As workers perform their project tasks, they report their use of time (representing another "bottom-up" characteristic of the MPM concept). In addition to reporting time against assignment, workers are asked to appraise the amount of time remaining on a Direct assignment (not Indirects). This is referred to as "Estimate to Do" which is substantially different than the "Percent Complete" technique whereby workers are asked where they stand on an assignment. The problem here is that workers become "90% complete" yet never seem to be able to complete the last 10%. Under the "Estimate to Do" approach, the worker estimates the amount of time to complete a task. To illustrate how this works, let's assume a worker estimates 30 hours to perform a task. During the week, he works 15 hours on the task. He is then asked how much time remains on it. Maybe its simply 15 hours (whereby the worker was correct on his estimate) or perhaps he determines the task is more difficult than he anticipated and 25 hours remain (15 hours performed + 25 hours "to do" = 50); conversely, perhaps he found that the task was easier than imagined and only 5 hours remain (15 hours performed + 5 hours "to do" = 20). Either way, this will affect project schedules and the manager must then consider the repercussions and take the necessary actions. "Estimate to Do" is another example of where the individual worker is asked, "What do you think?"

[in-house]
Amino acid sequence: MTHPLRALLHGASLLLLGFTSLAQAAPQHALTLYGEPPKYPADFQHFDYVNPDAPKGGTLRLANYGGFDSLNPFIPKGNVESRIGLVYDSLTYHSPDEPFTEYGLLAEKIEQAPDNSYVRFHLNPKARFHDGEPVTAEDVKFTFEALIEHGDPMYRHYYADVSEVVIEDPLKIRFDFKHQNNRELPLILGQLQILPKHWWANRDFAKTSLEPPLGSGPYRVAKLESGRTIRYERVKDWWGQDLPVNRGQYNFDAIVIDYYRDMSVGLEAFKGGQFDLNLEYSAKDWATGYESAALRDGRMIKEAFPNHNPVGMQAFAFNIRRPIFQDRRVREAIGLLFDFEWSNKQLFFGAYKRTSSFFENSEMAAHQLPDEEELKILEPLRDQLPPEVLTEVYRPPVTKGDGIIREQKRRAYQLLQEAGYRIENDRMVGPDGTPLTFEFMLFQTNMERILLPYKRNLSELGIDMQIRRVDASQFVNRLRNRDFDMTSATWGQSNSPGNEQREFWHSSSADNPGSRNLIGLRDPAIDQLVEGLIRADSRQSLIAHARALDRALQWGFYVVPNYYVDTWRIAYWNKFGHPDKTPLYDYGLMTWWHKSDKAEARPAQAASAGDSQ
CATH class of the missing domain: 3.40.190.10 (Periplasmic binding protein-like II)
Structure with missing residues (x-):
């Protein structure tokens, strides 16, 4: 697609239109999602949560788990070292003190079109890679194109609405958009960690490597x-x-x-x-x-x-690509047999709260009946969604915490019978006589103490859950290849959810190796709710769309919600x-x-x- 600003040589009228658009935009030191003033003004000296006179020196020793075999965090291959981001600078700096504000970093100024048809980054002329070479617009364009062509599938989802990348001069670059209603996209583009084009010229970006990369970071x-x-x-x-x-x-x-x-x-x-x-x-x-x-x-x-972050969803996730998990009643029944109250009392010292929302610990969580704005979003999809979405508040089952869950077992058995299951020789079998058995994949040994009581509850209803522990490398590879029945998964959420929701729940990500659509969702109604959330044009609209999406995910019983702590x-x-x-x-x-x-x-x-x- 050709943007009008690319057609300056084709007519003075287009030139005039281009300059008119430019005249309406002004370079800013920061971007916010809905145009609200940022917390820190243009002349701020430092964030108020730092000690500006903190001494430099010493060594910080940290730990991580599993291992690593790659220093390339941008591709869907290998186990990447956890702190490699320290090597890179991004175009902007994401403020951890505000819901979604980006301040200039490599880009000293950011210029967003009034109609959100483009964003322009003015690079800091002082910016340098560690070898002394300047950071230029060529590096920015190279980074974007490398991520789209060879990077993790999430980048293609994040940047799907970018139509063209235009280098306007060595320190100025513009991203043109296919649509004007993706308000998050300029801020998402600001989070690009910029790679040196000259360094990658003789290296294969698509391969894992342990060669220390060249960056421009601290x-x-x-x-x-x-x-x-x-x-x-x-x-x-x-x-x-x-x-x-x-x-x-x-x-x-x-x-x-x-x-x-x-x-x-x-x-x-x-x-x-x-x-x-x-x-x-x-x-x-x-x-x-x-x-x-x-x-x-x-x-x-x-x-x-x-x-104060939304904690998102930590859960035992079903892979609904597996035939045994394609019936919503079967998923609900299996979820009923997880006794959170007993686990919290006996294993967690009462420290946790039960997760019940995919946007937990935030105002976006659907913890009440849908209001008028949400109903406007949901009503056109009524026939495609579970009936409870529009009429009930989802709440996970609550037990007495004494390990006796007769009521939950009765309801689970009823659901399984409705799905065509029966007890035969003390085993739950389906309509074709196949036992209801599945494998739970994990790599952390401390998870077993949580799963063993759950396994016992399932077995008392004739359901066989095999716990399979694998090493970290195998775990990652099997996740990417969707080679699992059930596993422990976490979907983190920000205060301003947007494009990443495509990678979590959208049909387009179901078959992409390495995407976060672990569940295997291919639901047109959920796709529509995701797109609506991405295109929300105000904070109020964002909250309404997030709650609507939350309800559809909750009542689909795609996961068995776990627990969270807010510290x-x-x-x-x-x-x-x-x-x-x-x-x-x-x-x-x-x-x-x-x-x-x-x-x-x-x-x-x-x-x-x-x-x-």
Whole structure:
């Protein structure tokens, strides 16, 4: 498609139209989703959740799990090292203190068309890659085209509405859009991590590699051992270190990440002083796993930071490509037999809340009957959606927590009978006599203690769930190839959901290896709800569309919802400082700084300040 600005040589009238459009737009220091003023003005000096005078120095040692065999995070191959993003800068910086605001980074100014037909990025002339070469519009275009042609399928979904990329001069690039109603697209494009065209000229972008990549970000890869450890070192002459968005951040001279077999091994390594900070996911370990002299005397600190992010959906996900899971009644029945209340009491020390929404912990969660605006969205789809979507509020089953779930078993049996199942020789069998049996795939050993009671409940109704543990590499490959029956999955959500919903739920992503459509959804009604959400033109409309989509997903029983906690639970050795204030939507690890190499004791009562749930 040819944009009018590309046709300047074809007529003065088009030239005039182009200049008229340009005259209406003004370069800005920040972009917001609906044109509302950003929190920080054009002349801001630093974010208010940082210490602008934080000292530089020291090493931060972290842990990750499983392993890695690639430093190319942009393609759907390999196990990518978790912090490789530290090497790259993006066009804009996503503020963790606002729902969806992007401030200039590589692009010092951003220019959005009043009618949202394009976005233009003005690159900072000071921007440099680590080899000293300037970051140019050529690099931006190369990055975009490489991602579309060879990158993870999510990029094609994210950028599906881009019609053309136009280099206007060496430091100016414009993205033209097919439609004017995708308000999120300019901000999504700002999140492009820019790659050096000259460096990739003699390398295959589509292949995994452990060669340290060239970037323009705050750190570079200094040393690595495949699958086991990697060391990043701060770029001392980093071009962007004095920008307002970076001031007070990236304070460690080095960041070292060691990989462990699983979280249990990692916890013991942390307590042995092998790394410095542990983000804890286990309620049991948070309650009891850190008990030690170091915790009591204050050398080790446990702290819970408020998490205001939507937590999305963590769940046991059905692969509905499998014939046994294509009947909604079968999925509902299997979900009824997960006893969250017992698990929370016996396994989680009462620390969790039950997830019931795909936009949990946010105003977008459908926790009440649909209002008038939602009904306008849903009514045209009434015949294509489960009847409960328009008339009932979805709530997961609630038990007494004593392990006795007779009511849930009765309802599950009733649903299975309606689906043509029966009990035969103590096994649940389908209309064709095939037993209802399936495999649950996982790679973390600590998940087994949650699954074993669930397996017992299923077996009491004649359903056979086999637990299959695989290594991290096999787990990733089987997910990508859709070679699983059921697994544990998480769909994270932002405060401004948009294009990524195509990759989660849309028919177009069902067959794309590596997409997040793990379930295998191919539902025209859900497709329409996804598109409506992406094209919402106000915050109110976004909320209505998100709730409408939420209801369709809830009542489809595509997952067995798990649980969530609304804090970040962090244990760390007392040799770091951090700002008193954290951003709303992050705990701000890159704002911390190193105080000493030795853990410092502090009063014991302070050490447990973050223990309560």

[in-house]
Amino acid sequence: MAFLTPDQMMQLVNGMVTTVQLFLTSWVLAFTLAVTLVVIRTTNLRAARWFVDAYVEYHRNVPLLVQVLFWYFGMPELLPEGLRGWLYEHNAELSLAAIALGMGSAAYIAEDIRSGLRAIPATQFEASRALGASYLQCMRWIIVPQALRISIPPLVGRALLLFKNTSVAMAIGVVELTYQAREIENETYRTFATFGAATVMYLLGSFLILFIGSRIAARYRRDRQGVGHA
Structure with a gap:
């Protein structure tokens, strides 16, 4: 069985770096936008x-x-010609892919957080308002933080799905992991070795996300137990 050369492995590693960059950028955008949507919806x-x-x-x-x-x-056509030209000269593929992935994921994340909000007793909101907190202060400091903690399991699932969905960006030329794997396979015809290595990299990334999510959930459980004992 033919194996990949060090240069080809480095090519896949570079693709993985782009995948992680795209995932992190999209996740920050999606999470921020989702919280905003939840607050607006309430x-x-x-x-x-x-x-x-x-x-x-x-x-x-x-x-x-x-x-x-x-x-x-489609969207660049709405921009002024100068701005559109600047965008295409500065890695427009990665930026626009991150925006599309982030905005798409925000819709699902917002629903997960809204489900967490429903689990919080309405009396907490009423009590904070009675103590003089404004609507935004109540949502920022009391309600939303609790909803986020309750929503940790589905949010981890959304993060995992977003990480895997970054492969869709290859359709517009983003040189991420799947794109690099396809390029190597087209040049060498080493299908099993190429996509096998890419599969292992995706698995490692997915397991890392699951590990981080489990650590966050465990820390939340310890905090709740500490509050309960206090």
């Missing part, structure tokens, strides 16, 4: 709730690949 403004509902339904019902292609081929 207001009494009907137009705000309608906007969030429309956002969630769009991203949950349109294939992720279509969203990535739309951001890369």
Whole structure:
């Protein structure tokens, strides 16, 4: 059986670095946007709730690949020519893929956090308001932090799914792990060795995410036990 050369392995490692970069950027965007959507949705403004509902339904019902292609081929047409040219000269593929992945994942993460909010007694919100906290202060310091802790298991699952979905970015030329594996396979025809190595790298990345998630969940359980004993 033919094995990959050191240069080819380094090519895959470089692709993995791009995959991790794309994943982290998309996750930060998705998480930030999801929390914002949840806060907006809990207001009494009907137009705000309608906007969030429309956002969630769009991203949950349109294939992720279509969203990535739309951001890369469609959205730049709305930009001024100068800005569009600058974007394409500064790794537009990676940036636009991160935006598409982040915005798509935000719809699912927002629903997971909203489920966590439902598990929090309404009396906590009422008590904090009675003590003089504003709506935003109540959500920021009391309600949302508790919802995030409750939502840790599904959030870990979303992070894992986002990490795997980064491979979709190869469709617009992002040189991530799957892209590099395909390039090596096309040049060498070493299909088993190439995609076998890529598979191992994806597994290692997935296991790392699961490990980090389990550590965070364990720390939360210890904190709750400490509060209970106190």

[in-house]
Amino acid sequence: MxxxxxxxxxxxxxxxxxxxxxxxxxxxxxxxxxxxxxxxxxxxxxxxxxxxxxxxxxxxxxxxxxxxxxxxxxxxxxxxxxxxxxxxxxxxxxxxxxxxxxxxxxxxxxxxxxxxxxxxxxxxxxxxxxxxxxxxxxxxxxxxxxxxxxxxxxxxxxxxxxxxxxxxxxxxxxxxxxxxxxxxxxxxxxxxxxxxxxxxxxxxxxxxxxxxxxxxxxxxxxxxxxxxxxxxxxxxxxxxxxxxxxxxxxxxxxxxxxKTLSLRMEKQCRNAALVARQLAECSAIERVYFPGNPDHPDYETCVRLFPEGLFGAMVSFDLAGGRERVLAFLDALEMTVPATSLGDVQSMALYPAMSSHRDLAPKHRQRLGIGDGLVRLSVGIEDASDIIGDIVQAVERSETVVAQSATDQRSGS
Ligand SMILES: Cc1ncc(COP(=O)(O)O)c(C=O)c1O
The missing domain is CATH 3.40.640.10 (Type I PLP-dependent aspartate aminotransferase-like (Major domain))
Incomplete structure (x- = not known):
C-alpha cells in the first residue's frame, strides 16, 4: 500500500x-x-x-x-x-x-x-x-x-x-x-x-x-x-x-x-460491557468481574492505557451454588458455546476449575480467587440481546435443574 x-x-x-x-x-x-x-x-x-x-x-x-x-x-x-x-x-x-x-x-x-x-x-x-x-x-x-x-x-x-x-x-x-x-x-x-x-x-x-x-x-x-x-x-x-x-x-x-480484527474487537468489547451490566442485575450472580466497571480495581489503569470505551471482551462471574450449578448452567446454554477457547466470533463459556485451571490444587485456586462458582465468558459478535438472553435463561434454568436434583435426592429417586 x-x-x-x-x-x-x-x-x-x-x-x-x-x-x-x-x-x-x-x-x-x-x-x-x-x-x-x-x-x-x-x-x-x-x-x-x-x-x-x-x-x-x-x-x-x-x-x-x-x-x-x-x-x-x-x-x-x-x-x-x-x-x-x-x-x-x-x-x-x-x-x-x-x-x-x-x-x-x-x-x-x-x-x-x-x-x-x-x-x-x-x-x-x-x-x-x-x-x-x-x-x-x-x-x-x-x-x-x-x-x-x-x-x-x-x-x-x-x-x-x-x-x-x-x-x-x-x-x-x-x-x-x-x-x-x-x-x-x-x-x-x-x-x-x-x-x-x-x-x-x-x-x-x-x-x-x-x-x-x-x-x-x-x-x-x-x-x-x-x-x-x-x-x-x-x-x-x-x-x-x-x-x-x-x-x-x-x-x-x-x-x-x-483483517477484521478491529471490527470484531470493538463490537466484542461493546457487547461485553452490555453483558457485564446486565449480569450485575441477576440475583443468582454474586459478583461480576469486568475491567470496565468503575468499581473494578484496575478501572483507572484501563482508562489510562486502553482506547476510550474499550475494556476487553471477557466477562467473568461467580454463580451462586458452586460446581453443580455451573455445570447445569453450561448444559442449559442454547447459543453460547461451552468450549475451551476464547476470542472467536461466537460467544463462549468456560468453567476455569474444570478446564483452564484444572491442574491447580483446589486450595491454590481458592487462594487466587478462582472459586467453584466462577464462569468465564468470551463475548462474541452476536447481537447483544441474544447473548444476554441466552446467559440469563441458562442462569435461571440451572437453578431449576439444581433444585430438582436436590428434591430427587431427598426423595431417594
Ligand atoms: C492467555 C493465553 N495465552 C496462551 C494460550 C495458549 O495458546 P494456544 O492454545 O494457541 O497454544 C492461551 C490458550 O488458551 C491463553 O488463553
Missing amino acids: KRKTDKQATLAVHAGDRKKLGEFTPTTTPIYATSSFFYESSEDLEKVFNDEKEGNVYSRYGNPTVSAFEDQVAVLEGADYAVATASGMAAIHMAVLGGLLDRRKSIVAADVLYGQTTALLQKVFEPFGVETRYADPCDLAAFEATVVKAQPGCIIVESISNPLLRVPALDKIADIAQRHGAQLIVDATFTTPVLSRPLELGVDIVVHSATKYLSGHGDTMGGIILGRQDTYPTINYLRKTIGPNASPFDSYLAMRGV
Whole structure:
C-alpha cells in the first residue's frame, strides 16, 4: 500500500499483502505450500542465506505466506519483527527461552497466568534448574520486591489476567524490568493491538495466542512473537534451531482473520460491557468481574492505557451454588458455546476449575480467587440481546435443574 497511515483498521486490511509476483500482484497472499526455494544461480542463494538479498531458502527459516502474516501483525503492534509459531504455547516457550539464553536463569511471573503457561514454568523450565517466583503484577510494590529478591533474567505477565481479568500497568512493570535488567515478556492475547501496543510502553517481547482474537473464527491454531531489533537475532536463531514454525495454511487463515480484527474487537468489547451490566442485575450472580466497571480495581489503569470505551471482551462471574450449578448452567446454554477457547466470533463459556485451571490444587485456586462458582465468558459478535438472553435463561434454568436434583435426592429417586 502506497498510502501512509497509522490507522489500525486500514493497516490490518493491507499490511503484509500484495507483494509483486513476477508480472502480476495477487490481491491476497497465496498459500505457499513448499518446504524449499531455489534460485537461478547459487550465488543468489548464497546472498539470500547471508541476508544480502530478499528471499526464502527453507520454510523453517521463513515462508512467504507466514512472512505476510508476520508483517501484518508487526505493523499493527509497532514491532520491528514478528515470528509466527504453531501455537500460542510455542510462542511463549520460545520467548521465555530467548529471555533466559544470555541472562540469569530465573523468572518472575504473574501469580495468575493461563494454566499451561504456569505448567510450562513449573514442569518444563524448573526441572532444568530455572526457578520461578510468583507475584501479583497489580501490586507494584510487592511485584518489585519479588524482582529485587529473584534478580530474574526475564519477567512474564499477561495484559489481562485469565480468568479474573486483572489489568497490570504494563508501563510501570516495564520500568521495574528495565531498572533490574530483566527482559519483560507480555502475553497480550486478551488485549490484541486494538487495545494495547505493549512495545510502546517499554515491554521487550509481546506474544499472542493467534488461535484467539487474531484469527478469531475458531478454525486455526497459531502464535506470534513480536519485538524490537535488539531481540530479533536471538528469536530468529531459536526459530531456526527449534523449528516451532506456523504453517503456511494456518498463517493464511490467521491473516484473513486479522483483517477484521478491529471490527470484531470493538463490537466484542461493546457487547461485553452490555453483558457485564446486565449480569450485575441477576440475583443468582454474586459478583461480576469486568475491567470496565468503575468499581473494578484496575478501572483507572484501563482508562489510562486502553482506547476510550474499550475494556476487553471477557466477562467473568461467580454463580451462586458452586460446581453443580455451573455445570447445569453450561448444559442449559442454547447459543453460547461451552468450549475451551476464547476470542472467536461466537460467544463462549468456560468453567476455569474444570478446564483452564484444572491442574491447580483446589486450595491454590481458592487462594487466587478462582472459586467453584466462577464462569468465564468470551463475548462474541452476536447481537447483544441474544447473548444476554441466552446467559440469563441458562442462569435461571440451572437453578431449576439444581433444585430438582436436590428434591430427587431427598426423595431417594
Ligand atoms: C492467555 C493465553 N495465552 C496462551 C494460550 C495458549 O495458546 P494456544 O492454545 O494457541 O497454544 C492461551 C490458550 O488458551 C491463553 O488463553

Although the reporting of time can be performed in any time cycle, we recommend a weekly posting. This can be performed either with Project Management software or using a manual system involving Time Distribution Worksheets. Either way, it is important for the manager to review each worker's distribution of time (including Direct, Indirect, and Unavailable time) and their effectiveness rate for the week. This review should not be considered frivolous as the manager should carefully scrutinize the worker's Direct and Indirect time as they might impact project schedules.